On a sunny autumn day an eight-year-old boy yells, “Hey Jenny,” across the playing field at David Cameron Elementary in Victoria, B.C. The girl coldly walks by him. With a chill in her voice she says, “My name is not Jenny. My name is Jennifer.”
This was twenty-something years ago, and the girl was me. I have repeated that phrase throughout my life. Growing up in Canada, I thought the name my parents gave me defined who I was. My mother said my name was Jennifer, end of story.
In my early thirties, I enrolled at Langara College in Vancouver, B.C., where I met international students who had come to Canada not only for education, but to begin a new life. During my first week of classes, the instructors called out beautiful, exotic names, and to my surprise, many of the students said they wanted to be known by a western name. This fascinated me. It went against all my assumptions about the significance of one’s name. I have since learned that, although names are sometimes a connection to your cultural identity, they do not define who you are.
Jing ‘Jane’ Mu, a student from Tianjin, China, felt an English name would better acquaint her with Canadian society. When she arrived in Vancouver in 2003, her first Canadian friend gave her the name Jane because it sounded similar to Jing. She feels her English name will help her be accepted in Canada, and may help her in the future when looking for a job.
What’s In A Name?
When Yu-Li Chen was younger, her English-speaking aunt gave her the name Jennifer to use when she attended English school in Keelung, Taiwan. But Chen did not feel that it was a good name for her—it was too long and feminine for her tomboy ways. When Chen moved to Vancouver for school in 1998, she struggled with finding a Canadian name. Chen’s high school teacher told her to keep her given name until she found an English name that she liked. “I was trying to think of some English names at the beginning, but then I could not find one that I really liked, or that really represented me,” she says. After being in Canada for a year, Chen still considered finding an English name, but decided it was too much trouble. She liked how short and simple her name was, and everyone already knew her as Yu-Li. “I like my name. It represents me,” she says.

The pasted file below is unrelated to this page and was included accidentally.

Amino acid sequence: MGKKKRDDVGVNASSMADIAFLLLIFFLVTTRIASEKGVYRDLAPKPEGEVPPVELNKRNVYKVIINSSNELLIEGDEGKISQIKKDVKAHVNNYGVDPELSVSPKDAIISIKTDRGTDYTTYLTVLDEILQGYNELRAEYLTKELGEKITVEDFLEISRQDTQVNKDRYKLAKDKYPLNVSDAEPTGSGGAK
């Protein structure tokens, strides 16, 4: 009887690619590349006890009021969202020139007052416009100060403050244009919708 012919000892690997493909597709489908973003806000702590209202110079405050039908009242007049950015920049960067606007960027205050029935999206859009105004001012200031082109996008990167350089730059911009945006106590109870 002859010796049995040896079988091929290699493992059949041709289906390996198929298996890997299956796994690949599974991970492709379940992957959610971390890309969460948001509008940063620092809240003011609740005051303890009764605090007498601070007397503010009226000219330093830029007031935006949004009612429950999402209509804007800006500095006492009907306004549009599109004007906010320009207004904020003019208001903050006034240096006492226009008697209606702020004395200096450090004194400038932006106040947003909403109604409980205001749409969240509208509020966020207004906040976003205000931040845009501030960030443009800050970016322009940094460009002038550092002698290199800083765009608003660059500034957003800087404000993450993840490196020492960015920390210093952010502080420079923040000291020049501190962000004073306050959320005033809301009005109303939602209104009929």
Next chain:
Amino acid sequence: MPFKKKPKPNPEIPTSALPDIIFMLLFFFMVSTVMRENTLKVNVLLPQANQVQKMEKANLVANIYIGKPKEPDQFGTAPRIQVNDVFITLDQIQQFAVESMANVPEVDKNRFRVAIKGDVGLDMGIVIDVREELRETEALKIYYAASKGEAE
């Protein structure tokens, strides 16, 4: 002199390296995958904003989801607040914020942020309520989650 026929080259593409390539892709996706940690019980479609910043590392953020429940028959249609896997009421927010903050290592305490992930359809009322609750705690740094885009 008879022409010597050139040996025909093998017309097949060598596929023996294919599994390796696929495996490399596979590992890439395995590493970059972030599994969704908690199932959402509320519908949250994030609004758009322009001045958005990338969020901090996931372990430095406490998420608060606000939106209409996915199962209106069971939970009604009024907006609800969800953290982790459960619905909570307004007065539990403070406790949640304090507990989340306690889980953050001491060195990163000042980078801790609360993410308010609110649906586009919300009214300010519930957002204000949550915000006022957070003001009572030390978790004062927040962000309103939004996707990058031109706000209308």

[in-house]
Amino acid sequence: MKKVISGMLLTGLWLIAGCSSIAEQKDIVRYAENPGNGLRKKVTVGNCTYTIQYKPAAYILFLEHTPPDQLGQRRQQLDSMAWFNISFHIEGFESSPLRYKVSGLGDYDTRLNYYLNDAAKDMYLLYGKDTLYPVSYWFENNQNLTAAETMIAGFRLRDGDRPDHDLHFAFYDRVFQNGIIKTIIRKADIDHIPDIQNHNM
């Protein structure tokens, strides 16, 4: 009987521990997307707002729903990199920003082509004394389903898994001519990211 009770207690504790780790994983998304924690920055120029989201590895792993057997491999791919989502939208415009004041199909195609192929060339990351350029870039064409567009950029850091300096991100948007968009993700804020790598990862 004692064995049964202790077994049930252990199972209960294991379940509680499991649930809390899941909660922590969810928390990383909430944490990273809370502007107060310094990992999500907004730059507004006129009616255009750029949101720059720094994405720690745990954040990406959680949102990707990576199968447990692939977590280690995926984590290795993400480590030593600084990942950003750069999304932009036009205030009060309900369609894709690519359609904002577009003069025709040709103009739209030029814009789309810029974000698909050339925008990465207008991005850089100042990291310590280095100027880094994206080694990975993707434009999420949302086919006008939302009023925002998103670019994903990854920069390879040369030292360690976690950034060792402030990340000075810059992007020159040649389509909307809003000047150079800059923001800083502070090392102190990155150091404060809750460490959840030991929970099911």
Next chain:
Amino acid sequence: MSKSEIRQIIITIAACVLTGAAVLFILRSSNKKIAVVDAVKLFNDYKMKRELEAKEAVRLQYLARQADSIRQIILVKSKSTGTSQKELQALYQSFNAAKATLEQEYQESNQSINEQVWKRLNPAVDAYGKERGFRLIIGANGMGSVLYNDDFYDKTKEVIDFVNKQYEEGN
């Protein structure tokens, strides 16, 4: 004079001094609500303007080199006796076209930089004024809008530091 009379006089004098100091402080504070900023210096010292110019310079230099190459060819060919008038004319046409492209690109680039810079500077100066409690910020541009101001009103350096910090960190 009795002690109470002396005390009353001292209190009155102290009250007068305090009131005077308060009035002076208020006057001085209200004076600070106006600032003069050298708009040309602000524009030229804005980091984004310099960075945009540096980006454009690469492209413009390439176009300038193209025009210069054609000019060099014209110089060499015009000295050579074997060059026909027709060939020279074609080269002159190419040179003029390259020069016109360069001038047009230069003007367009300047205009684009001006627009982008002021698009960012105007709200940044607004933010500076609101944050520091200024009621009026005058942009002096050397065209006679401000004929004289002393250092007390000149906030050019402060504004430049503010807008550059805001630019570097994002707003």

Margaret Lai Yuet Tan was born in Malaysia, but has lived in Canada most of her life. Her Cantonese parents gave her an English and Chinese name at birth. Tan feels her English name and her Chinese name, Lai Yuet, match in tone. At one time, she disliked having a Chinese middle name. “When you are a kid you are embarrassed about everything to do with your culture. When you get older you start to embrace it,” she says. Tan believes it’s unfortunate that people change their names to feel like they belong, when a name is such a big part of cultural identity. “Abandoning your Chinese name is almost like giving up your heritage,” Tan says. She is no longer embarrassed by her Chinese middle name and knows that if she has children, she will give them both English and Chinese names.
Shakespeare’s Juliet said it best: “What’s in a name? That which we call a rose by any other name would smell as sweet.” Some people feel a strong connection to their given names, and others find a new connection with their chosen ones, but in the end it is who you are and not what you are called that counts.